Category: 02 – Prague Concerts 2022

A short trip to Prague in the Czech Republic that allowed us to catch two great concerts by the late Jeff Beck (supported by Johnny Depp) and Kiss

Stansted shocker

Departure airport: London Stansted
Destination airport: Václav Havel, Prague
Airline: Ryanair

There is something seriously wrong at Stansted. Security is actually working quickly and effectively and we both clear the scanners in under 15 minutes – even after Lin forgot to remove her toiletries from her bag and had to undergo the usual ‘enhanced’ check.

Ryanair’s advice to arrive three hours before flight time turns out to be utter nonsense. Departures is busy, but nowhere as bad as our previous visit. We have no problem finding a bench to sit on this time, and munch a £4.99 WH Smith meal deal for breakfast.

The gate experience is the usual Ryanair farce. The “priority” queue is longer than the regular queue – and that’s before you count the non-priority travellers taking the piss. Fortunately the process is relatively smooth and we leave just a few minutes late (airport incompetence rather than Ryanair’s).

Arriving at Prague Airport, the post-Brexit passport queue is quick and efficient – absolutely no different to the pre-Brexit process (I know – I have always queued because I have always collected passport stamps). The immigration officer even sends me away from the desk to call other passengers forward while he processes my passport.

Top tip: The Airport Express bus (route AE) leaves from directly outside the terminal and costs 100CZK (£3.45) per adult – buy your ticket from the driver. It takes you directly to the main railway (Praha hlavní nádraží) station in the city and the journey takes about 40 minutes.

When visiting Prague we have established something of a ritual – we stop at the Café Trinity at the bottom of St Wenceslas Square for a beer to break up the walk to our hotel. But after sitting on the terrace for five minutes and being unable to get service (or find out if they even sell beer any more), we decamp to the Jan Becher bar/restaurant instead.

Beer drunk, we continue our walk down to Hotel U Zlatého Stromu which will be our base for the next four nights. As we approach, I have two major concerns. First, the hotel is located on the main route between Prague’s famous astronomical clock and the Charles Bridge, meaning there are thousands of tourists passing our front door all day and all night. Second, there is a big sign advertising a nightclub inside our building – and it’s far bigger than the one for the hotel.

Check-in is quick and we are allowed into our room a little early. The room is decorated in a similar style to the other Bauer Hotels in the city, which is nice (more about them tomorrow). I’m pleased to see that our room is at the back of the hotel, away from the noise of the street – but it is also directly above the nightclub which I can see out the window.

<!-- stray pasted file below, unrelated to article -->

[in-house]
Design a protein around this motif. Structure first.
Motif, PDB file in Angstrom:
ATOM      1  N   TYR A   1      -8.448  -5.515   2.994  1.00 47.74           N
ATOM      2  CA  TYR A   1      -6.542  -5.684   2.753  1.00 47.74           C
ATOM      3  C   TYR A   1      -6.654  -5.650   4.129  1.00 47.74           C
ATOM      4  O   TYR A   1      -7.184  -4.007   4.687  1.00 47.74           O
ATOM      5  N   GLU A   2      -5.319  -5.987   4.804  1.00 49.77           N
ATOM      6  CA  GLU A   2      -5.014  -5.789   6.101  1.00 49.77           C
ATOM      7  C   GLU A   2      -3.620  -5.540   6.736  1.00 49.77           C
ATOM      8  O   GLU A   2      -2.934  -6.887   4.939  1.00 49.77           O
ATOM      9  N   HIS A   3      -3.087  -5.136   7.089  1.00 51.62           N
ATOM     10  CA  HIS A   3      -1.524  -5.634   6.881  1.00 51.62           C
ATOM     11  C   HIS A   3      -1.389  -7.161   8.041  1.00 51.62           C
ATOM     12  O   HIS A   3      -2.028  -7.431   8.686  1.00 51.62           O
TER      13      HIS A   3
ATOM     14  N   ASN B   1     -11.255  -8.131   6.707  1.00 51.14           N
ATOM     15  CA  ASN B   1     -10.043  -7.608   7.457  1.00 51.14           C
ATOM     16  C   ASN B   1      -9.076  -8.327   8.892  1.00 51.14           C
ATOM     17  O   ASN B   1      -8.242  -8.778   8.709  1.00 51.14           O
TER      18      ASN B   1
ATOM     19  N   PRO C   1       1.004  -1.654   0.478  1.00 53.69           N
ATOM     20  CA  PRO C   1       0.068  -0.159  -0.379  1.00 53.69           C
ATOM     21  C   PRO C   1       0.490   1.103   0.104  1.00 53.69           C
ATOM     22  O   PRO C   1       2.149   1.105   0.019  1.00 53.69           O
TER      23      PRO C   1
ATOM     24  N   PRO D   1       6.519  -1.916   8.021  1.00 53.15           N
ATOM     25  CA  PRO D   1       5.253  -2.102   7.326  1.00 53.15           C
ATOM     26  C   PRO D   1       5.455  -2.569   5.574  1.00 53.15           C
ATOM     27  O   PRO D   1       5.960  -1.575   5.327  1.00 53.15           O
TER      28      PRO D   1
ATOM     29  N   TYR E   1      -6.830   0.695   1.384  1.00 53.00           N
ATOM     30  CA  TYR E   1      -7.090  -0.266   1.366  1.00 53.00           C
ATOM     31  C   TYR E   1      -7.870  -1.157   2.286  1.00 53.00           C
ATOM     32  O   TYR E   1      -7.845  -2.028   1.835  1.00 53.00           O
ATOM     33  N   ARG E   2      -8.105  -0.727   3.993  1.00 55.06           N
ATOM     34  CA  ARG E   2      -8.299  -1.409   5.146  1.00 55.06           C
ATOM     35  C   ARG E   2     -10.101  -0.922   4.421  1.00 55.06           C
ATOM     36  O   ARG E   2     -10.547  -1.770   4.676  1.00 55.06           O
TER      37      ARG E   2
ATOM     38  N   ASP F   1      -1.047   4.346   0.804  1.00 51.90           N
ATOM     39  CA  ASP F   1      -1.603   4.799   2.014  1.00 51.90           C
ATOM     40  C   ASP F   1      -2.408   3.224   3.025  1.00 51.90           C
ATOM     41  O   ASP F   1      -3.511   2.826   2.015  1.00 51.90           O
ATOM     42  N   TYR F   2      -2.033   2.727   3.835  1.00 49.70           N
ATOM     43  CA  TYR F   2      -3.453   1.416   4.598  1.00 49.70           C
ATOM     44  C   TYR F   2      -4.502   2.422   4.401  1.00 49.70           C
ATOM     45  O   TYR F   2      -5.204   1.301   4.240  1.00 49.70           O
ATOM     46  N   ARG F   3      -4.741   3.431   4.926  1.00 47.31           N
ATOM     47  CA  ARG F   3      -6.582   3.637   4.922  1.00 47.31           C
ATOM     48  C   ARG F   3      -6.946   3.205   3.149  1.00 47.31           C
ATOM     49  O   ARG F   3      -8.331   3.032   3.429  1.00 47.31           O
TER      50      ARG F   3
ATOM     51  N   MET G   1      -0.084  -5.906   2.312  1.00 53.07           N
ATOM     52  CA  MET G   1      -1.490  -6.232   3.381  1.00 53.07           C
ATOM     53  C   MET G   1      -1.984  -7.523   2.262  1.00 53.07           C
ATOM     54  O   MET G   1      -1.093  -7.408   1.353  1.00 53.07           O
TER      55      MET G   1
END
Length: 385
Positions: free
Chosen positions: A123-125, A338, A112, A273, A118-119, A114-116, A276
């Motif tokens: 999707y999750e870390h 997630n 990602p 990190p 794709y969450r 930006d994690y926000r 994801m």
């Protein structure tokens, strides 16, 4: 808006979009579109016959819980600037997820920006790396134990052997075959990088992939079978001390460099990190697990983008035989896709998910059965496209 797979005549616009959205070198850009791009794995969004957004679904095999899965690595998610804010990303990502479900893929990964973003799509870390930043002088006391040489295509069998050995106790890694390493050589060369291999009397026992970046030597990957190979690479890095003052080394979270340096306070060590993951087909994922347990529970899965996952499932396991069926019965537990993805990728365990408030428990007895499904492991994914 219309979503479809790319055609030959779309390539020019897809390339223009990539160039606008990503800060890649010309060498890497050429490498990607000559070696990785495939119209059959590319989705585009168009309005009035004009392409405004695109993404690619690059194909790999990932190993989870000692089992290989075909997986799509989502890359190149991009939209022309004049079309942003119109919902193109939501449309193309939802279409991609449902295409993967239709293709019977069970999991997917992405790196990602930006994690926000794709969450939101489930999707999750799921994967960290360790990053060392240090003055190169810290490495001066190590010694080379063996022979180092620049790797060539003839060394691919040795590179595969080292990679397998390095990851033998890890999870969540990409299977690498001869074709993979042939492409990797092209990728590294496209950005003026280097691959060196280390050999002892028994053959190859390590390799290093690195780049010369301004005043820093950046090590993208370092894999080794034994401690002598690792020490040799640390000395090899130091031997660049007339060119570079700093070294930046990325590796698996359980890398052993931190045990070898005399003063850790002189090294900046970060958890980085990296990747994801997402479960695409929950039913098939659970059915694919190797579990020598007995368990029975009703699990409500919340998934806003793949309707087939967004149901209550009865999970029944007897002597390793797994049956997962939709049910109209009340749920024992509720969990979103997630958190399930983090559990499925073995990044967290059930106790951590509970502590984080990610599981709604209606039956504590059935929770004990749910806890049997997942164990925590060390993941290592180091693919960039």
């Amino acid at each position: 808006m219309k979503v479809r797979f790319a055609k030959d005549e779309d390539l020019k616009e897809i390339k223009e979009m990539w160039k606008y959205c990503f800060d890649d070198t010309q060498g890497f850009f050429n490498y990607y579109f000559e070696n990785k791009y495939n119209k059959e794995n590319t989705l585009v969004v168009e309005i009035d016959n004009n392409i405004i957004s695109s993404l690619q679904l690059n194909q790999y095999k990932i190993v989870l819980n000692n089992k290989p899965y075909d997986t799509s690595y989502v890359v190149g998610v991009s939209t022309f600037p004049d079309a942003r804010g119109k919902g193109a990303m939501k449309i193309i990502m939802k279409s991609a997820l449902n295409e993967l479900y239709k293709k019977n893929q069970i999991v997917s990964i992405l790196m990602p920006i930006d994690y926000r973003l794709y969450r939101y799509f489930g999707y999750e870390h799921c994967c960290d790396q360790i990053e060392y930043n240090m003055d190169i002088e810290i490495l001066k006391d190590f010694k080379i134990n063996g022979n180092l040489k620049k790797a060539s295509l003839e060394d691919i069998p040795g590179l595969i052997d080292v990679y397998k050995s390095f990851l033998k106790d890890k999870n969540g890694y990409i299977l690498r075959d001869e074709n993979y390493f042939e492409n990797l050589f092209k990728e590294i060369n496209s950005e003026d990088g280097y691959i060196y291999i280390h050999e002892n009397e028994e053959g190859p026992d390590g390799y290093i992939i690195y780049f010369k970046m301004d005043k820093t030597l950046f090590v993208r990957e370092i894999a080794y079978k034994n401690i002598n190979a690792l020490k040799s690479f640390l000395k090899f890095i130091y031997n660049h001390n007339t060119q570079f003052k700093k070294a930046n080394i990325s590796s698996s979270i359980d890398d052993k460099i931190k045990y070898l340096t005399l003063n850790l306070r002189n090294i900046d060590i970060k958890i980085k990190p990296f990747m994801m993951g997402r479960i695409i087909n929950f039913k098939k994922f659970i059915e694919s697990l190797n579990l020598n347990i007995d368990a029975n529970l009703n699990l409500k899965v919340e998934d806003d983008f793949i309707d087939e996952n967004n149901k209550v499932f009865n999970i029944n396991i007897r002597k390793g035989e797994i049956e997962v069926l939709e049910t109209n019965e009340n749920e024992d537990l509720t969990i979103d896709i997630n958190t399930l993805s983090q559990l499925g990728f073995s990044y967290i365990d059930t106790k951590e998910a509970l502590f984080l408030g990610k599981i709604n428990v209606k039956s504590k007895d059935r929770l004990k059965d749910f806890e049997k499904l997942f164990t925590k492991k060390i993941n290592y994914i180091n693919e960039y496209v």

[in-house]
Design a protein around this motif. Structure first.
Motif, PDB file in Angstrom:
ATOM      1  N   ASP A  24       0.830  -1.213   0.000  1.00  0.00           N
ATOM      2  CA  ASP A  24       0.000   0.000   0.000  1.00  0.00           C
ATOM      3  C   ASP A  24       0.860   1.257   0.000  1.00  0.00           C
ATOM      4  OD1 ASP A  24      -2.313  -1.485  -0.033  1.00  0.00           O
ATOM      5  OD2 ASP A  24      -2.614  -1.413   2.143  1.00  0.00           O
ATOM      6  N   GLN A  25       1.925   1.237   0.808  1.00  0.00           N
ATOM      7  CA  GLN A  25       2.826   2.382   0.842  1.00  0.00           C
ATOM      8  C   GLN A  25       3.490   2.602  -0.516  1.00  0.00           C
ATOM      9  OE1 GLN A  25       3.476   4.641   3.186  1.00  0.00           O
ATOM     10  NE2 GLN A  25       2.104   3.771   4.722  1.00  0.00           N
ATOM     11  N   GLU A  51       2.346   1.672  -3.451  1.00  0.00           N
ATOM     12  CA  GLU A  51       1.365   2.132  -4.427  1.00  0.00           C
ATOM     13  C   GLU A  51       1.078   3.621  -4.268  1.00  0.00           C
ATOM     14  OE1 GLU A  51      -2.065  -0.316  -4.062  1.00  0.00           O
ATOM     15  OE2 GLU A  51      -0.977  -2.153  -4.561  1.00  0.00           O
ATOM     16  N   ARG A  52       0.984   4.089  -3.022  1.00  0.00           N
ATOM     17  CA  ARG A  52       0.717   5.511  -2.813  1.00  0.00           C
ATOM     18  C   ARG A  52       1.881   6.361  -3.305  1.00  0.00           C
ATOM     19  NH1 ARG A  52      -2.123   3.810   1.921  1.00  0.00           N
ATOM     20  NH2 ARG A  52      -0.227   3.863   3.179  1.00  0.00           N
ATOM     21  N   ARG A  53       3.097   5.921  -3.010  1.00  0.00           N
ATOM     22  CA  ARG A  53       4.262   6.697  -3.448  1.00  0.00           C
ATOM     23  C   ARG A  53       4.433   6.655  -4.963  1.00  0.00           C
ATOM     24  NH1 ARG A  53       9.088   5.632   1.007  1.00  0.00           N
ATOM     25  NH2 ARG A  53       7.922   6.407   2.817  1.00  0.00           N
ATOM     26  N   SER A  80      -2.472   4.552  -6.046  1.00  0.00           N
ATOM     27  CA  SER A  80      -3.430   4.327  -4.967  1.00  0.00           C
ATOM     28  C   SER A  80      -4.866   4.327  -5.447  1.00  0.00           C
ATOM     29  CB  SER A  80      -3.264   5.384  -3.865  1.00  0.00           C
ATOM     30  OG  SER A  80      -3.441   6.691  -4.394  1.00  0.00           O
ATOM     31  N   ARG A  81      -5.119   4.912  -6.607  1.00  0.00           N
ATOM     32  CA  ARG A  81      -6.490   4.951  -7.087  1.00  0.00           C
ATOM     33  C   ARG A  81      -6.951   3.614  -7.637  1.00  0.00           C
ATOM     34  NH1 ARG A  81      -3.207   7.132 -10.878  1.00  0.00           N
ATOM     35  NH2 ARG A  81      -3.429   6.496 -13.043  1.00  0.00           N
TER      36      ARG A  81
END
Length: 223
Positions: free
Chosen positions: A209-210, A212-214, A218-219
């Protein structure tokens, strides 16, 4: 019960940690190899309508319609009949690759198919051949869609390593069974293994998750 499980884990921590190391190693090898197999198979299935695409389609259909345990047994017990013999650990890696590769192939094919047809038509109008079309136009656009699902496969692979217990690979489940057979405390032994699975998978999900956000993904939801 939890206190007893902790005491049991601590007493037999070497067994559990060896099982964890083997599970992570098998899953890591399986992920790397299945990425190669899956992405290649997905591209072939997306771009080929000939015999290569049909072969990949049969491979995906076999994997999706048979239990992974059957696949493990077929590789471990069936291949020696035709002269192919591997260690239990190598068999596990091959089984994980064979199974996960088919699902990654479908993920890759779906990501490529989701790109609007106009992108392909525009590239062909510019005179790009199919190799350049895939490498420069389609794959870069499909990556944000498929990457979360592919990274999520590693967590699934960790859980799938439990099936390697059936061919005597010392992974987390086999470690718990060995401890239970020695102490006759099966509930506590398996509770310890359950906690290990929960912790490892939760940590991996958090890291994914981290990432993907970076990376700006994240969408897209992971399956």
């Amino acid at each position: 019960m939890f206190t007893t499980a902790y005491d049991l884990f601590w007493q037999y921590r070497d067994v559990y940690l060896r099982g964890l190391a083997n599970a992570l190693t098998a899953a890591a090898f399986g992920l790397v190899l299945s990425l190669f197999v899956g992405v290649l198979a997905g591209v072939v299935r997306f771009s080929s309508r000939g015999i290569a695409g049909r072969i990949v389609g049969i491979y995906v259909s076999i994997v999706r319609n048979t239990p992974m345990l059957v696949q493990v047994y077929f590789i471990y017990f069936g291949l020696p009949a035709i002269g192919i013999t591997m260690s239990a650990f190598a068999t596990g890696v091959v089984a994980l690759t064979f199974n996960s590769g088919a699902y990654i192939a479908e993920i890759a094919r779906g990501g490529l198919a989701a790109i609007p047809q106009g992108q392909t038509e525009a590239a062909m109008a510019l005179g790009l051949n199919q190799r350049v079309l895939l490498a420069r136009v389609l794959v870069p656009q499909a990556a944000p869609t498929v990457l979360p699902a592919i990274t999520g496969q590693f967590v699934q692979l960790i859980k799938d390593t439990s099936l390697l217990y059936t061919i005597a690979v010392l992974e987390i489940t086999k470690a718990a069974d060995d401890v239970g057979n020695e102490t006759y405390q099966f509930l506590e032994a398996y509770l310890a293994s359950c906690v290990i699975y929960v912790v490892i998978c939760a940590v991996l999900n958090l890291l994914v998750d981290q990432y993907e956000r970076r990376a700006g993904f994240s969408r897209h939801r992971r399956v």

Feeling quite hungry we head out for some food, eventually arriving at a place on Melantrichova that specialises in “Prague ham”. Linda and I both opt for the ham and mashed potato – and the waiter immediately forgets our order (he admits as much after the first 30 minutes of waiting). Eventually the food arrives and it is actually pretty decent, but the poor service detracts from our experience.

Afterwards, we head off for our first escape game of the trip – Moriarty’s Phantom Trap, operated by Questerland. Rated 10/10 difficulty, this is a hard room, particularly when there are only two of you. The first hour passes quickly and we expect to be ejected at any moment. However, we struggle on with the tasks, making very slow progress.

Eventually after 109 minutes, the games master helps us solve the final puzzle and we are free. We feel slightly embarrassed, but the young man running the room tells us that larger groups often take well over two hours before giving up entirely. (Prices from 1290 CZK / £44 GBP – not bad value if you’re allowed to keep going as we were).

A short tram ride and walk back to the hotel and it’s time to call it a night.

Bonus tips:

  • The Hotel U Zlatého Stromu is not air conditioned – all you get is a fan which is hidden in the wardrobe.
  • There is no lift at the hotel and your room will be on the second floor or higher (reception is on the first).
  • The reception desk is not staffed after 7pm in the evening.
  • You will be given two keys at check-in – one for your room and a second for the iron gate used to keep nightclub revellers out of the hotel after 7pm.
  • There are never enough plug sockets at Bauer Hotels properties – you will probably need to unplug a lamp or the TV. I strongly recommend packing a socket doubler or 4-gang power strip as well as your travel adapter.
  • The WiFi is rubbish. If you want to stream a movie, it has to be done during the day because there simply isn’t enough bandwidth to support all the guests at night.
  • Taxis from Prague airport cost £20/€27+ if you really can’t bring yourself to travel on the bus.

And in support… Johnny Depp

We both sleep very well. Neither of us heard the nightclub downstairs, but that may be because it was Sunday night. Perhaps tonight will be different…

Breakfast is served on the ground floor in the hotel’s conservatory. There is a small selection of cooked food – sausages, fried eggs, scrambled eggs, baked beans, green beans and ham – along with continental breakfast items like cheese, ham, salami and salad. There is also a small selection of cereals, cakes and a bean-to-cup coffee machine.